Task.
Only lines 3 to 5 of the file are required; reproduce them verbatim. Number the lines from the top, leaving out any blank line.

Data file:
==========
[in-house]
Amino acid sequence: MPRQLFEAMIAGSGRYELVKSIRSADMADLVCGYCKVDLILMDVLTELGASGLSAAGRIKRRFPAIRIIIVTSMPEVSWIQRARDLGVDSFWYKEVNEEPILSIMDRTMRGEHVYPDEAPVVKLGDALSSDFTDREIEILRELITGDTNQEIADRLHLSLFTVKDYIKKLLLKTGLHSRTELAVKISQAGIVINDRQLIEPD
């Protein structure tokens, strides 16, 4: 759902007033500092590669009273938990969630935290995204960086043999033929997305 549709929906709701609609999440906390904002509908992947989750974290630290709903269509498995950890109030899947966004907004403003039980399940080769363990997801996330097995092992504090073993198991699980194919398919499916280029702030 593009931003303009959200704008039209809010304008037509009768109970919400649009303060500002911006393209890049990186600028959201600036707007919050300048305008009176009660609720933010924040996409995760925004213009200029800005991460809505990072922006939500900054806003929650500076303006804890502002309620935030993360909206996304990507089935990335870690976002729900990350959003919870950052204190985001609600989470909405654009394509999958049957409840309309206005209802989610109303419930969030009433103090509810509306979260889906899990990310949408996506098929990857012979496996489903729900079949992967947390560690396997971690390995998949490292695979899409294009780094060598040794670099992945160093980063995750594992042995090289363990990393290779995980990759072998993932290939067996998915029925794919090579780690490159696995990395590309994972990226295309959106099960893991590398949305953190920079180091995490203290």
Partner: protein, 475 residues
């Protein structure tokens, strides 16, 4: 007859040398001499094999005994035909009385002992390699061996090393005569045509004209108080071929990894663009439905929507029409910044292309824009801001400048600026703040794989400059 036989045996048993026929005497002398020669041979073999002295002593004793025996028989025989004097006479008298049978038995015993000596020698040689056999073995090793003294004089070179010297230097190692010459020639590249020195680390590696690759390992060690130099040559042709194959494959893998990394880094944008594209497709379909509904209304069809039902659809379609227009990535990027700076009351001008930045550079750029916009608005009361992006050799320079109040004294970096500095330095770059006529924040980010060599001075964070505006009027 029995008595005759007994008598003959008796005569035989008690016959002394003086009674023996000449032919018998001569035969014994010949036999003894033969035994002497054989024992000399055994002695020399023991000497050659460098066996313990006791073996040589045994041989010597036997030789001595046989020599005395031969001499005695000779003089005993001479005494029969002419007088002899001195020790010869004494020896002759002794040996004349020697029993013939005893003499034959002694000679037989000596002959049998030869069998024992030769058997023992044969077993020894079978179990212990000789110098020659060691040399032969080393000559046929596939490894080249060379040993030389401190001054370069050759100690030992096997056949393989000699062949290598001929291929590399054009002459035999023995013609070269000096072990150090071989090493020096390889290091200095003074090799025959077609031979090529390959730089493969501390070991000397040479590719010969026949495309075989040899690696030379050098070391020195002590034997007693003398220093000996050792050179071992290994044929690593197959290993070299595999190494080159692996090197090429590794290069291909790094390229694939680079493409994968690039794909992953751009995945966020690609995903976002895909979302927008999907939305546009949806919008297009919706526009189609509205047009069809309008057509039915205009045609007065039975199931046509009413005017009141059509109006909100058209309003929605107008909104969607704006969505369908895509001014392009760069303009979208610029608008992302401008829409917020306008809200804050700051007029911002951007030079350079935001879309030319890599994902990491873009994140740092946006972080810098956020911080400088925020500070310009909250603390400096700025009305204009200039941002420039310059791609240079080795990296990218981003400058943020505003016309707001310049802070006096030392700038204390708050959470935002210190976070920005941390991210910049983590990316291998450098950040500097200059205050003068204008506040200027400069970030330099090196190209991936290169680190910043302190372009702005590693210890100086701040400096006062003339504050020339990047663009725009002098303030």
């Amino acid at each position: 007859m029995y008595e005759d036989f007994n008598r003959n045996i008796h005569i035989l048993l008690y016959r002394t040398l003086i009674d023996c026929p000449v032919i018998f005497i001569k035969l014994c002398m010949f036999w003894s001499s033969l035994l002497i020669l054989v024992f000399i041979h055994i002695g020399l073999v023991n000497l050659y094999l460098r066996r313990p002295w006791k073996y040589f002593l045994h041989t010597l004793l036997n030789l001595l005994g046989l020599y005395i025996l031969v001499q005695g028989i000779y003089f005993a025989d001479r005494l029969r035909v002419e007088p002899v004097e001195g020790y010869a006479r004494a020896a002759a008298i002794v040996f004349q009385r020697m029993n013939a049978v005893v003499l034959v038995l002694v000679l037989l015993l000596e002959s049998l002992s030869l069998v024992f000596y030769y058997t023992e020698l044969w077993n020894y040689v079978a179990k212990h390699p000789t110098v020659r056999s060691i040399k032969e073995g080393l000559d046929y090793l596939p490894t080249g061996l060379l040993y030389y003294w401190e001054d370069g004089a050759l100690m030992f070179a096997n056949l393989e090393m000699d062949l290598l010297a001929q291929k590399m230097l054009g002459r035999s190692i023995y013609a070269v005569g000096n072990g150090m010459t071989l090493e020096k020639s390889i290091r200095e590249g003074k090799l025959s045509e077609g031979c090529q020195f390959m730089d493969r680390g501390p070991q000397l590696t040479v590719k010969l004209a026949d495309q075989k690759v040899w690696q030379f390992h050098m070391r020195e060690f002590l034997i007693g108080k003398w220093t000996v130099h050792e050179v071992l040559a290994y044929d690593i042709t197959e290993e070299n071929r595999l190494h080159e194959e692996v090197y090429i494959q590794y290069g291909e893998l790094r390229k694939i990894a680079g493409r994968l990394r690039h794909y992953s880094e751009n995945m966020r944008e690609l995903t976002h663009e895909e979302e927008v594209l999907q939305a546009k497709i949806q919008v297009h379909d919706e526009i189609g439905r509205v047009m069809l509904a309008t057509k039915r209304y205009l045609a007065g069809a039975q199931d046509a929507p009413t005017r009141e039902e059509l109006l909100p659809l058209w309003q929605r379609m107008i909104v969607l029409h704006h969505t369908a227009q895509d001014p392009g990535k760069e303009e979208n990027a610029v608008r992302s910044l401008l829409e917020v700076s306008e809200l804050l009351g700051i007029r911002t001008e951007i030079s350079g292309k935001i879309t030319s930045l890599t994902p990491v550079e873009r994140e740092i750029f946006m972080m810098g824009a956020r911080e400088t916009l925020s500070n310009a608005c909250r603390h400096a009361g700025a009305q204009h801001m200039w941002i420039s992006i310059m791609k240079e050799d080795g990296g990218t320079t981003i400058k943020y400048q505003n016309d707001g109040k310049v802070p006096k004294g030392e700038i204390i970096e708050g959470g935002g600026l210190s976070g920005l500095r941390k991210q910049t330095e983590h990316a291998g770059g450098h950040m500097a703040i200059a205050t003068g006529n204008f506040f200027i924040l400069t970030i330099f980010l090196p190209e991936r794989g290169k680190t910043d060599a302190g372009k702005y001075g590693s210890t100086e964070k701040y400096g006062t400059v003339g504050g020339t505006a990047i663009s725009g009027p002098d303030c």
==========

């Protein structure tokens, strides 16, 4: 759902007033500092590669009273938990969630935290995204960086043999033929997305 549709929906709701609609999440906390904002509908992947989750974290630290709903269509498995950890109030899947966004907004403003039980399940080769363990997801996330097995092992504090073993198991699980194919398919499916280029702030 593009931003303009959200704008039209809010304008037509009768109970919400649009303060500002911006393209890049990186600028959201600036707007919050300048305008009176009660609720933010924040996409995760925004213009200029800005991460809505990072922006939500900054806003929650500076303006804890502002309620935030993360909206996304990507089935990335870690976002729900990350959003919870950052204190985001609600989470909405654009394509999958049957409840309309206005209802989610109303419930969030009433103090509810509306979260889906899990990310949408996506098929990857012979496996489903729900079949992967947390560690396997971690390995998949490292695979899409294009780094060598040794670099992945160093980063995750594992042995090289363990990393290779995980990759072998993932290939067996998915029925794919090579780690490159696995990395590309994972990226295309959106099960893991590398949305953190920079180091995490203290």
Partner: protein, 475 residues
């Protein structure tokens, strides 16, 4: 007859040398001499094999005994035909009385002992390699061996090393005569045509004209108080071929990894663009439905929507029409910044292309824009801001400048600026703040794989400059 036989045996048993026929005497002398020669041979073999002295002593004793025996028989025989004097006479008298049978038995015993000596020698040689056999073995090793003294004089070179010297230097190692010459020639590249020195680390590696690759390992060690130099040559042709194959494959893998990394880094944008594209497709379909509904209304069809039902659809379609227009990535990027700076009351001008930045550079750029916009608005009361992006050799320079109040004294970096500095330095770059006529924040980010060599001075964070505006009027 029995008595005759007994008598003959008796005569035989008690016959002394003086009674023996000449032919018998001569035969014994010949036999003894033969035994002497054989024992000399055994002695020399023991000497050659460098066996313990006791073996040589045994041989010597036997030789001595046989020599005395031969001499005695000779003089005993001479005494029969002419007088002899001195020790010869004494020896002759002794040996004349020697029993013939005893003499034959002694000679037989000596002959049998030869069998024992030769058997023992044969077993020894079978179990212990000789110098020659060691040399032969080393000559046929596939490894080249060379040993030389401190001054370069050759100690030992096997056949393989000699062949290598001929291929590399054009002459035999023995013609070269000096072990150090071989090493020096390889290091200095003074090799025959077609031979090529390959730089493969501390070991000397040479590719010969026949495309075989040899690696030379050098070391020195002590034997007693003398220093000996050792050179071992290994044929690593197959290993070299595999190494080159692996090197090429590794290069291909790094390229694939680079493409994968690039794909992953751009995945966020690609995903976002895909979302927008999907939305546009949806919008297009919706526009189609509205047009069809309008057509039915205009045609007065039975199931046509009413005017009141059509109006909100058209309003929605107008909104969607704006969505369908895509001014392009760069303009979208610029608008992302401008829409917020306008809200804050700051007029911002951007030079350079935001879309030319890599994902990491873009994140740092946006972080810098956020911080400088925020500070310009909250603390400096700025009305204009200039941002420039310059791609240079080795990296990218981003400058943020505003016309707001310049802070006096030392700038204390708050959470935002210190976070920005941390991210910049983590990316291998450098950040500097200059205050003068204008506040200027400069970030330099090196190209991936290169680190910043302190372009702005590693210890100086701040400096006062003339504050020339990047663009725009002098303030």